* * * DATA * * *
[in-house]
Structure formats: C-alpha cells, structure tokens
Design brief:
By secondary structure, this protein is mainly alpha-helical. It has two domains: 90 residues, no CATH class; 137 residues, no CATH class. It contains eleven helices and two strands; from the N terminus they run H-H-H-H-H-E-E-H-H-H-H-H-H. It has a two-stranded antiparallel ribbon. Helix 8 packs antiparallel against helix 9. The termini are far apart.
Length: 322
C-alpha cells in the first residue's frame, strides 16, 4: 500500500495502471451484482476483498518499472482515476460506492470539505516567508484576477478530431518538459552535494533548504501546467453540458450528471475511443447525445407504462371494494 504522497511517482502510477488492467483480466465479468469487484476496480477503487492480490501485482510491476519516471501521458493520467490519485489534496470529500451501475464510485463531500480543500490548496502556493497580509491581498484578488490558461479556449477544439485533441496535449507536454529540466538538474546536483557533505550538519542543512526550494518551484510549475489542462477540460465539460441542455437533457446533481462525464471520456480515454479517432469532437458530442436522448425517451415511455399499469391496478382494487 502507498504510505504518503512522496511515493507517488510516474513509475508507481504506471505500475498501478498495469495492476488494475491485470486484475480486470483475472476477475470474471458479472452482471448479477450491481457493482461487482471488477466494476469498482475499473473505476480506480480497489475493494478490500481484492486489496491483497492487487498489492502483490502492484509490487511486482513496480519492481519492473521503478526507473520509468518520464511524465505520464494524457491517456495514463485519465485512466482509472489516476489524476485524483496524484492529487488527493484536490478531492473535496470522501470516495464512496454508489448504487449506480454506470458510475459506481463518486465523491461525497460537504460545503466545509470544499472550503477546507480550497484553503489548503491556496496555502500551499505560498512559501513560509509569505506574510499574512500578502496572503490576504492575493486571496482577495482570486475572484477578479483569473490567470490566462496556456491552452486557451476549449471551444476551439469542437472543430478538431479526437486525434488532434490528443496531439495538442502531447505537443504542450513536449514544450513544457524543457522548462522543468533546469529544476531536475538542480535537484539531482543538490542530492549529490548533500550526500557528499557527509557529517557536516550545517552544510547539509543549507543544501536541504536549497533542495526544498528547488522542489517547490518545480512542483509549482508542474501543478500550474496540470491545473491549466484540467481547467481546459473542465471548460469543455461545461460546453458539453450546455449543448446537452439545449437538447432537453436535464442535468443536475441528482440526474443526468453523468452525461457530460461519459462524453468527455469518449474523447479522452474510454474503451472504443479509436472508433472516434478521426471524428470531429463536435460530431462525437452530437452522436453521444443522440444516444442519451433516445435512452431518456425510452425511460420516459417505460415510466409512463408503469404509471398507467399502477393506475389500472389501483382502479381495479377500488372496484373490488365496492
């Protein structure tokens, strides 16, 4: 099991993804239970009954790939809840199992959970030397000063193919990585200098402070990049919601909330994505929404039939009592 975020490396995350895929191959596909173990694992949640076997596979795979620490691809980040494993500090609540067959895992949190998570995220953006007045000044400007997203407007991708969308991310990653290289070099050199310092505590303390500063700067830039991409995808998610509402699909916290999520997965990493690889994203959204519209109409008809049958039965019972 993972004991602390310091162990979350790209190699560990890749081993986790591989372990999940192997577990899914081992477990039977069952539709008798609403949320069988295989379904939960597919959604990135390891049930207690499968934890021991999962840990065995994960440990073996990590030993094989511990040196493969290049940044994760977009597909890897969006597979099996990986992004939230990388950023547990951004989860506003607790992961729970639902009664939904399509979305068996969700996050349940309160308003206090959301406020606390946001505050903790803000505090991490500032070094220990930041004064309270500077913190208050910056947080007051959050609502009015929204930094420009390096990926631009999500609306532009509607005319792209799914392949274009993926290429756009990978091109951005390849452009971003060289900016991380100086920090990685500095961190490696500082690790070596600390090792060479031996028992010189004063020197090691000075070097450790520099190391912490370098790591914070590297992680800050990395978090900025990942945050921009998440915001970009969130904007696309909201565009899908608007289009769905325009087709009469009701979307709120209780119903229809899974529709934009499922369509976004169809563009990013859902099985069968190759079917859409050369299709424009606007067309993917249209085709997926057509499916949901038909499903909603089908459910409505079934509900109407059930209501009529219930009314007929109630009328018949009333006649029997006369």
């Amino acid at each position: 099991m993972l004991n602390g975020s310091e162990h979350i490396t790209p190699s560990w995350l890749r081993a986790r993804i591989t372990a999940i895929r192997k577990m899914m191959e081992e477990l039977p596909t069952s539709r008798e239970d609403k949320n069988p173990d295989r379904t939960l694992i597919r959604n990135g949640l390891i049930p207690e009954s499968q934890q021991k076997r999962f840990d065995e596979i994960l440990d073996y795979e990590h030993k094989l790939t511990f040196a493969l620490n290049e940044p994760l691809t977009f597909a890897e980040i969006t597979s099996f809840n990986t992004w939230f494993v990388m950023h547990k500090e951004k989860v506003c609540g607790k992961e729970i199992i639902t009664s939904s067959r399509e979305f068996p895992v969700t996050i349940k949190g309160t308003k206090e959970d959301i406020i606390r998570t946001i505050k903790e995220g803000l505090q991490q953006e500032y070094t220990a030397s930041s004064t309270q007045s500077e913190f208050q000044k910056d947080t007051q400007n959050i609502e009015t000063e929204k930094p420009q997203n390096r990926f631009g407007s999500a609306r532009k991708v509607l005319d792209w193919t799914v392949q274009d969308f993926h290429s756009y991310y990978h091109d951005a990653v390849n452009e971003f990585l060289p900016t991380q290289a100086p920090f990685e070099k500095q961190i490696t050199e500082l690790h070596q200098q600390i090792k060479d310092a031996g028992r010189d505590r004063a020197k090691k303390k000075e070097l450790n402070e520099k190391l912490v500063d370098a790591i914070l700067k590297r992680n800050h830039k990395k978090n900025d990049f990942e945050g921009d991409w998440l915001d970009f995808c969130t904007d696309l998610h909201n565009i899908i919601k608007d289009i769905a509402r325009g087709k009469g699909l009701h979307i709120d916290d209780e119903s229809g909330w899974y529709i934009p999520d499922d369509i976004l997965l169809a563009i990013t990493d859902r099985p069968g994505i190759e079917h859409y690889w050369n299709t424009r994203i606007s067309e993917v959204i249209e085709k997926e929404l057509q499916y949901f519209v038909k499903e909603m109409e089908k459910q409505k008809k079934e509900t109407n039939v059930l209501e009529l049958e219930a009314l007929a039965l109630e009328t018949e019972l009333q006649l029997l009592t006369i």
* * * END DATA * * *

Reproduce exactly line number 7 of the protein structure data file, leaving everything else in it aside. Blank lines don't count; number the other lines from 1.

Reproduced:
């Protein structure tokens, strides 16, 4: 099991993804239970009954790939809840199992959970030397000063193919990585200098402070990049919601909330994505929404039939009592 975020490396995350895929191959596909173990694992949640076997596979795979620490691809980040494993500090609540067959895992949190998570995220953006007045000044400007997203407007991708969308991310990653290289070099050199310092505590303390500063700067830039991409995808998610509402699909916290999520997965990493690889994203959204519209109409008809049958039965019972 993972004991602390310091162990979350790209190699560990890749081993986790591989372990999940192997577990899914081992477990039977069952539709008798609403949320069988295989379904939960597919959604990135390891049930207690499968934890021991999962840990065995994960440990073996990590030993094989511990040196493969290049940044994760977009597909890897969006597979099996990986992004939230990388950023547990951004989860506003607790992961729970639902009664939904399509979305068996969700996050349940309160308003206090959301406020606390946001505050903790803000505090991490500032070094220990930041004064309270500077913190208050910056947080007051959050609502009015929204930094420009390096990926631009999500609306532009509607005319792209799914392949274009993926290429756009990978091109951005390849452009971003060289900016991380100086920090990685500095961190490696500082690790070596600390090792060479031996028992010189004063020197090691000075070097450790520099190391912490370098790591914070590297992680800050990395978090900025990942945050921009998440915001970009969130904007696309909201565009899908608007289009769905325009087709009469009701979307709120209780119903229809899974529709934009499922369509976004169809563009990013859902099985069968190759079917859409050369299709424009606007067309993917249209085709997926057509499916949901038909499903909603089908459910409505079934509900109407059930209501009529219930009314007929109630009328018949009333006649029997006369």